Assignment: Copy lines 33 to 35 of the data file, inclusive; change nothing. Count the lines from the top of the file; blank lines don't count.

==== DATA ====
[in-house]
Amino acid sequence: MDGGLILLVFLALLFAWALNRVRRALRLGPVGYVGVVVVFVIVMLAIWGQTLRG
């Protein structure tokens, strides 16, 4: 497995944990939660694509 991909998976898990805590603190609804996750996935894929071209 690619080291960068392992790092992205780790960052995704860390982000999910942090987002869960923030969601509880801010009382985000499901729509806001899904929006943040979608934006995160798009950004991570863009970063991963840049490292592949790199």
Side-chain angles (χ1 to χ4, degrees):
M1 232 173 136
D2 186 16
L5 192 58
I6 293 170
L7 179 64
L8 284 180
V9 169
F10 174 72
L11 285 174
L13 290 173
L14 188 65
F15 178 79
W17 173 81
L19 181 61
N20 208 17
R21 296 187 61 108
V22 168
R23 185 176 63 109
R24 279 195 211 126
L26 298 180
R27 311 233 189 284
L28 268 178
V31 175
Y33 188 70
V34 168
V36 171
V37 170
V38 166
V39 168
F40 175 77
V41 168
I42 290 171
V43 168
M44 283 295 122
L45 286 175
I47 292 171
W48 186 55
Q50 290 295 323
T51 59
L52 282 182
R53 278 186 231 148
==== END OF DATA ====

V39 168
F40 175 77
V41 168